Fund launch shows BlackRock is in it for the long haul

In July, BlackRock became the latest manager to set up an institutional long-lease fund when it launched the UK Long Lease Property Fund with £250m of initial capital from six pension fund clients. BlackRock had invested in long-leased assets, such as supermarkets and offices, for 10 years through its £2.4bn UK balanced fund, but this was the first fund focused in this area of investments and the first launch by the property business for seven years.

The fund targets a 5% distribution yield with monthly income distributions. Manager Geoffrey Shaw, who was poached from Aviva’s long-income Lime Property Fund in the summer, has invested almost £200m of the equity in hotels, student accommodation and car parks, as well as more traditional offices and retail. The debut investment was a portfolio of assets bought for about 100m from private investor Aubrey Weis. for many years to come and real estate is a way to get hold of that. Some people have concerns about credit and property is a real asset, where even if the credit goes bad, you still have the real estate. So I don’t see the money that’s coming in drying up.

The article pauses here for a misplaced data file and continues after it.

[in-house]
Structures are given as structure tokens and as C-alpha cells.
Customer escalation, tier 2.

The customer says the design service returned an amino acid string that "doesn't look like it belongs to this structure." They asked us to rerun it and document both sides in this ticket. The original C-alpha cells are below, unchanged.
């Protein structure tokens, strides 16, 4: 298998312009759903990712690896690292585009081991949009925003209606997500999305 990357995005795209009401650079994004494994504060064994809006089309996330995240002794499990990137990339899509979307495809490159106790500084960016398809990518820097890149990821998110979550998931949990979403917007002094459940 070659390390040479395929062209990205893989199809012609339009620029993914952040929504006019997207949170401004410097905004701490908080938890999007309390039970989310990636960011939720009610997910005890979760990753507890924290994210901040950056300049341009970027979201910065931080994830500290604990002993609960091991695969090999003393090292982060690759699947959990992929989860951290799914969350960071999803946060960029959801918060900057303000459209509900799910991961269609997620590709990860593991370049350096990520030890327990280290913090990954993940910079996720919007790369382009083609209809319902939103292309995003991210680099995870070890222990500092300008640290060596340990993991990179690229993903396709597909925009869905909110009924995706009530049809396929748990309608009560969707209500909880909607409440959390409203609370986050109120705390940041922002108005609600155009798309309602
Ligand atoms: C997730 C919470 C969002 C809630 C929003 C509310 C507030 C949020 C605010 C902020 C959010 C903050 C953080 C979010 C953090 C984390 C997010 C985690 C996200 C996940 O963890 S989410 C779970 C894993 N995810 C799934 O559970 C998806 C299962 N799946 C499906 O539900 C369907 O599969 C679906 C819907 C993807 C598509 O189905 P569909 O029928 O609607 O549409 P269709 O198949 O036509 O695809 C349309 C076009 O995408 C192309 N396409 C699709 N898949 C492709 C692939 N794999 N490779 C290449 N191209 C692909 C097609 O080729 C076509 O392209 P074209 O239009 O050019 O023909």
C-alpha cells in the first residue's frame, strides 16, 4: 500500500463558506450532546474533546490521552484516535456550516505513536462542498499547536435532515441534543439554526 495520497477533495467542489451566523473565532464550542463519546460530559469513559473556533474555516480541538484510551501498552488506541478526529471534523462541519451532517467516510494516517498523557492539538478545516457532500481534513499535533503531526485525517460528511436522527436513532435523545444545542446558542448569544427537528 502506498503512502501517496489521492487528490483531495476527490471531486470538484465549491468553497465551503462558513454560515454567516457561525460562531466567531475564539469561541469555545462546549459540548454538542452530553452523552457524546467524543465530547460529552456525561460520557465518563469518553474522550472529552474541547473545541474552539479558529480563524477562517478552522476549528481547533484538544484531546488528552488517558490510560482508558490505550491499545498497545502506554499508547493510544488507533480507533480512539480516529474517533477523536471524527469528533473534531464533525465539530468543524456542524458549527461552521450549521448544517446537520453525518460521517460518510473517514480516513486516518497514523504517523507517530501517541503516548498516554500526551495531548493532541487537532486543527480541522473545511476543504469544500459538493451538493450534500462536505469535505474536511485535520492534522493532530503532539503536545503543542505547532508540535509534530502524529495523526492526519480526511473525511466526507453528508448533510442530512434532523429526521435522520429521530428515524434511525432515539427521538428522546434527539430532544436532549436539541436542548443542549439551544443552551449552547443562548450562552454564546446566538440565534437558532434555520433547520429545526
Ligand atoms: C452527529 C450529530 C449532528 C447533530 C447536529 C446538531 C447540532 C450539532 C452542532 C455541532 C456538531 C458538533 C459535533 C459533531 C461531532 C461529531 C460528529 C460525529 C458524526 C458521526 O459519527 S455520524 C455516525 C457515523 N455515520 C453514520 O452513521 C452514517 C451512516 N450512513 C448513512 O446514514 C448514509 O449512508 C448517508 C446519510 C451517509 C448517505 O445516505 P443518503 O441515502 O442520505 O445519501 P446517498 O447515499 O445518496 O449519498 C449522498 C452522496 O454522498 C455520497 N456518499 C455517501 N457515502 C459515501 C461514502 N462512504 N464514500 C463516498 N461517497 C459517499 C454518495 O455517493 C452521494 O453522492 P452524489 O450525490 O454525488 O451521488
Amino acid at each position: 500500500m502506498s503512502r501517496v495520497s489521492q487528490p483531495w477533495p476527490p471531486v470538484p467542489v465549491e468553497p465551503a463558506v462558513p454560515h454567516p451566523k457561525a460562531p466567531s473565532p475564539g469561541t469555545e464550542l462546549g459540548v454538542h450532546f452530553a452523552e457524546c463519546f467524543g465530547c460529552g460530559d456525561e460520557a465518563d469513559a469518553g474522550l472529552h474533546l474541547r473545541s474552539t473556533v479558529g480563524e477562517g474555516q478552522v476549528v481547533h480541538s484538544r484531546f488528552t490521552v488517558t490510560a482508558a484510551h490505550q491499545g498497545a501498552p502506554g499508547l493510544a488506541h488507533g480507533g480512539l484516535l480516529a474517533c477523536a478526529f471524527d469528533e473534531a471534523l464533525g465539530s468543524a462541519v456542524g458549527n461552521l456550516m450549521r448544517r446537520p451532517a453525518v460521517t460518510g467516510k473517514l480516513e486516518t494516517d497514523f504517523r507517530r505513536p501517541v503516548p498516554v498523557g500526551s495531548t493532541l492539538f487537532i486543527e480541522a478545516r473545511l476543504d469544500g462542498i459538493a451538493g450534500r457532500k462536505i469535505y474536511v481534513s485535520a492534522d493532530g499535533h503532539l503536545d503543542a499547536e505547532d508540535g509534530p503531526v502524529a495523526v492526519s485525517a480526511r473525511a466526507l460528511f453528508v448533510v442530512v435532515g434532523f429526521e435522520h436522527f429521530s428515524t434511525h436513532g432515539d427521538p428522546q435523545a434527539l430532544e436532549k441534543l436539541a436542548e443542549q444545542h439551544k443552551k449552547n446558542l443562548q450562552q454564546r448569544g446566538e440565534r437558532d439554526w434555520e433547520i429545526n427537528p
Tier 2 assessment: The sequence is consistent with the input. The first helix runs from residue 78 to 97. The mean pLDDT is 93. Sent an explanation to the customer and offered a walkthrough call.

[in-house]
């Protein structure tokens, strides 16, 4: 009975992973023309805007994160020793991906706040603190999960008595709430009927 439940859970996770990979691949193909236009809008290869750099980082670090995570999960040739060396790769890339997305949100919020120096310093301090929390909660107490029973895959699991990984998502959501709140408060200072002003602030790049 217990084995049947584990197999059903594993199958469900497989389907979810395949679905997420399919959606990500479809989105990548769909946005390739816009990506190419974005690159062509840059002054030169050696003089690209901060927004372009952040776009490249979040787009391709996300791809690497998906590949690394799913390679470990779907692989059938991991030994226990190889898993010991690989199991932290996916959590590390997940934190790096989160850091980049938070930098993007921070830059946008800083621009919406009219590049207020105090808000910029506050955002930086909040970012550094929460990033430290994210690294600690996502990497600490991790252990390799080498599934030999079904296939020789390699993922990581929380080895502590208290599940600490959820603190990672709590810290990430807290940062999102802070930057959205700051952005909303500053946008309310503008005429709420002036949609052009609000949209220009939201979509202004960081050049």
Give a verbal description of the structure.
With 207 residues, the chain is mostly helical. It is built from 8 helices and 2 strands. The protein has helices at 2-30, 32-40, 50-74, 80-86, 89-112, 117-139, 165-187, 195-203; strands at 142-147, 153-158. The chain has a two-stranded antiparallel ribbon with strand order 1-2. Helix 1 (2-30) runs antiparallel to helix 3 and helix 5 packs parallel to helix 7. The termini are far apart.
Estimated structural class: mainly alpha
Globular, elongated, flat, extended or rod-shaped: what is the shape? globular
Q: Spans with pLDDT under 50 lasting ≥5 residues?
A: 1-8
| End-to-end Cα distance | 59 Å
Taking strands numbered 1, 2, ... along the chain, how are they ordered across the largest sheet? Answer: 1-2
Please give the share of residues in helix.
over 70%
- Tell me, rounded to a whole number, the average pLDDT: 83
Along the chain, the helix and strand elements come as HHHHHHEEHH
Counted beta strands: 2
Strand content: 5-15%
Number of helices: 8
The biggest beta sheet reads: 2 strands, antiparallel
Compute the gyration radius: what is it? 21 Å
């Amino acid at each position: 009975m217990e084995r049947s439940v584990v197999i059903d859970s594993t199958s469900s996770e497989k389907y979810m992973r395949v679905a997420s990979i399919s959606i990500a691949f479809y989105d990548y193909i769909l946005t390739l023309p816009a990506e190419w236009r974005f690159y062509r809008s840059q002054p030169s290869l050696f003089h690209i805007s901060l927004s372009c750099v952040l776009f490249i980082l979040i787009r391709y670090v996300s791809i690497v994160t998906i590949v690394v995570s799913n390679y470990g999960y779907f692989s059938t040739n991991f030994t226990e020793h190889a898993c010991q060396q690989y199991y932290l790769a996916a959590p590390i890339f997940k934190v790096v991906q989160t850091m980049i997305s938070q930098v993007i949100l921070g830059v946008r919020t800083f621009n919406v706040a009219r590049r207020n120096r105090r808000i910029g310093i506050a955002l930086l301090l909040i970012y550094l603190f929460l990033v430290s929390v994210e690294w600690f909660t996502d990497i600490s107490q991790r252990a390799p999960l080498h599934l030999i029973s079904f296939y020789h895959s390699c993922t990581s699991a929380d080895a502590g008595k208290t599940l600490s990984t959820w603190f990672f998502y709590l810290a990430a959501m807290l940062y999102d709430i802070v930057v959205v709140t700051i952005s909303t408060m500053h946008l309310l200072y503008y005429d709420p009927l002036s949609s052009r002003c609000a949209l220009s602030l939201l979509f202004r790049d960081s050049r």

“But as returns start to increase, I do  see a desire for higher-risk-style assets as investors start to want to take on more risk. If a pension fund is already fully allocated to real estate, it may well switch money from core, long-dated income into higher-risk property. Five years ago there was a lot of trauma in the market for pension funds  and other investors, and people wanted to reduce risk. The market is obviously opening up now and I can see more money flowing into value-added and opportunistic property – that’s the reason why BlackRock merged with MGPA this year.”

BlackRock bought European and Asian private equity real estate manager MGPA in September, doubling its real estate assets under management to $25bn. That represents around a quarter of all its alternative assets under management. So for the core, long-income funds, a lot depends on whether pension funds are already fully allocated – and BlackRock’s experience is that they are not. The fund will be capital raising again in Q1 2014. “We don’t think there are many that have invested all their allocation into long-dated real estate” he says. “There is more capital than there are opportunities – it’s not a case of long-dated losing out and higher-risk assets winning.”

 

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